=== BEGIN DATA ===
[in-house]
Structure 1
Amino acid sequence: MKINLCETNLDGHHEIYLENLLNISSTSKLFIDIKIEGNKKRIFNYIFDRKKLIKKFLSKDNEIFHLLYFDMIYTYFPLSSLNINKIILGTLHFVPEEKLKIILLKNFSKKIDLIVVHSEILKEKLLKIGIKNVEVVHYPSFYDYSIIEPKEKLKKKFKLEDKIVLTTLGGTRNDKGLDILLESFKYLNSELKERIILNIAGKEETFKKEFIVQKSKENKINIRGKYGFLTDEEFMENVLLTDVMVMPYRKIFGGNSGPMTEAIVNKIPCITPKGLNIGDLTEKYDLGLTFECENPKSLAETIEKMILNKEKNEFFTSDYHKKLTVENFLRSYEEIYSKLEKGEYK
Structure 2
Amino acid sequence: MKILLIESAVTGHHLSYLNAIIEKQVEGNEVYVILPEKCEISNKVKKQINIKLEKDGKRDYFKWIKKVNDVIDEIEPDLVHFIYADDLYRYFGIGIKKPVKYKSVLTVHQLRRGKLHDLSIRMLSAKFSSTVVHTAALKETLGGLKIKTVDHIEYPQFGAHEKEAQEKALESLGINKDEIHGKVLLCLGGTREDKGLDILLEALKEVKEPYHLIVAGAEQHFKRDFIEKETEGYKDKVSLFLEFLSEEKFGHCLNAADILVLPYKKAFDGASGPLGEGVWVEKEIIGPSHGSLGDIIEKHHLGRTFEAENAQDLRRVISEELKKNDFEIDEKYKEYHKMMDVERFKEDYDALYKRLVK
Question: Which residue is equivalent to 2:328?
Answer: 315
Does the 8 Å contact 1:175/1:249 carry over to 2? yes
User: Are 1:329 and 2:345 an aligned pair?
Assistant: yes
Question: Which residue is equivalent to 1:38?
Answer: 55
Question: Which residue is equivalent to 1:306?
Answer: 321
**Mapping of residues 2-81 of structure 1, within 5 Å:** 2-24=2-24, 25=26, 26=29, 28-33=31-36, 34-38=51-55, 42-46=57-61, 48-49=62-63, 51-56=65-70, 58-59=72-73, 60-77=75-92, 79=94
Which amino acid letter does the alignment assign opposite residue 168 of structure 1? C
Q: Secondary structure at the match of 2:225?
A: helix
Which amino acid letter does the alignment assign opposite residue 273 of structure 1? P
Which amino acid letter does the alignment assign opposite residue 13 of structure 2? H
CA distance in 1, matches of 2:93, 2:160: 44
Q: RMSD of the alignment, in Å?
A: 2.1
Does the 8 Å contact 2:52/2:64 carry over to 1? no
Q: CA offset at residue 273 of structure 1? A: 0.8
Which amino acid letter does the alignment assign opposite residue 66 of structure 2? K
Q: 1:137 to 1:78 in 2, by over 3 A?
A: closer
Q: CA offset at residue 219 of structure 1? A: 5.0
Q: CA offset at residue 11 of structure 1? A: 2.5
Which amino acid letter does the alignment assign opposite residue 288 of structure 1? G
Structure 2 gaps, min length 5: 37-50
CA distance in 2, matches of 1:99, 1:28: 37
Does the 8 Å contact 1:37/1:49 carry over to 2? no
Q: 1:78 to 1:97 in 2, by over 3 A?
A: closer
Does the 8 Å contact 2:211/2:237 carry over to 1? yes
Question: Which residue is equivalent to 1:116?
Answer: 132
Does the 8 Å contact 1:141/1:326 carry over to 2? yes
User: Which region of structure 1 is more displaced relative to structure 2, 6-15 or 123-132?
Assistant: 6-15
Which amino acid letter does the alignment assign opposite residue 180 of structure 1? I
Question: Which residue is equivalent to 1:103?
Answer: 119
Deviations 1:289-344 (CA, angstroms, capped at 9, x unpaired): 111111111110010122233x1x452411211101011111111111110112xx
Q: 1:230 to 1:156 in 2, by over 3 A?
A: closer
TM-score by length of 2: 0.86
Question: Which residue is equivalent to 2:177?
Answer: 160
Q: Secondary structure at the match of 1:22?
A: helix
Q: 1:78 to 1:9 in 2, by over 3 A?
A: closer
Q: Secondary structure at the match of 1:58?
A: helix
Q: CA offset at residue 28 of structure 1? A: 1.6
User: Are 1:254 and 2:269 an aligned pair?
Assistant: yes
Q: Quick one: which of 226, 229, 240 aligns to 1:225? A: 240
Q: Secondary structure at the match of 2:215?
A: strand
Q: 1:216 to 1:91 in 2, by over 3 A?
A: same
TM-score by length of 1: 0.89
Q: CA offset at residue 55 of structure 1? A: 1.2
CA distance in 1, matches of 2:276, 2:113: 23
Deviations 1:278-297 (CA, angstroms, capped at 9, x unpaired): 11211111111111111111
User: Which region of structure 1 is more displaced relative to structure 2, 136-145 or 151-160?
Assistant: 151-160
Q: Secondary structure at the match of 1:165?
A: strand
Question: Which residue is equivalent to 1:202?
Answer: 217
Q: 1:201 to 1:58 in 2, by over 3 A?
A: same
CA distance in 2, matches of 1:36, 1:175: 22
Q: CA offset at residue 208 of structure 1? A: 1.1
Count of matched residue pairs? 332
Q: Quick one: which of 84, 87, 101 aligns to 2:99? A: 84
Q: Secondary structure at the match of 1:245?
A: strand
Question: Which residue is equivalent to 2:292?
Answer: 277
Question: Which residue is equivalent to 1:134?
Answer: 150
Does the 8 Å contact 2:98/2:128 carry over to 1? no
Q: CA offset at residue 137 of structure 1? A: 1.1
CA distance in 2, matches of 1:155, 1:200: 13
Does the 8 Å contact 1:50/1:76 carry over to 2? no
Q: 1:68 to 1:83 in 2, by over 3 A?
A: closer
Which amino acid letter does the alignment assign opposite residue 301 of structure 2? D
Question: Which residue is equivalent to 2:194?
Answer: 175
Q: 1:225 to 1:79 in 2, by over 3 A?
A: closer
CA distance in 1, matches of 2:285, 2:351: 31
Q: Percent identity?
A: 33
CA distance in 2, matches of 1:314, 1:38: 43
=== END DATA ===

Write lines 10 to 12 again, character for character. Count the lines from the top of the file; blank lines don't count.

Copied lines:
Assistant: yes
Question: Which residue is equivalent to 1:38?
Answer: 55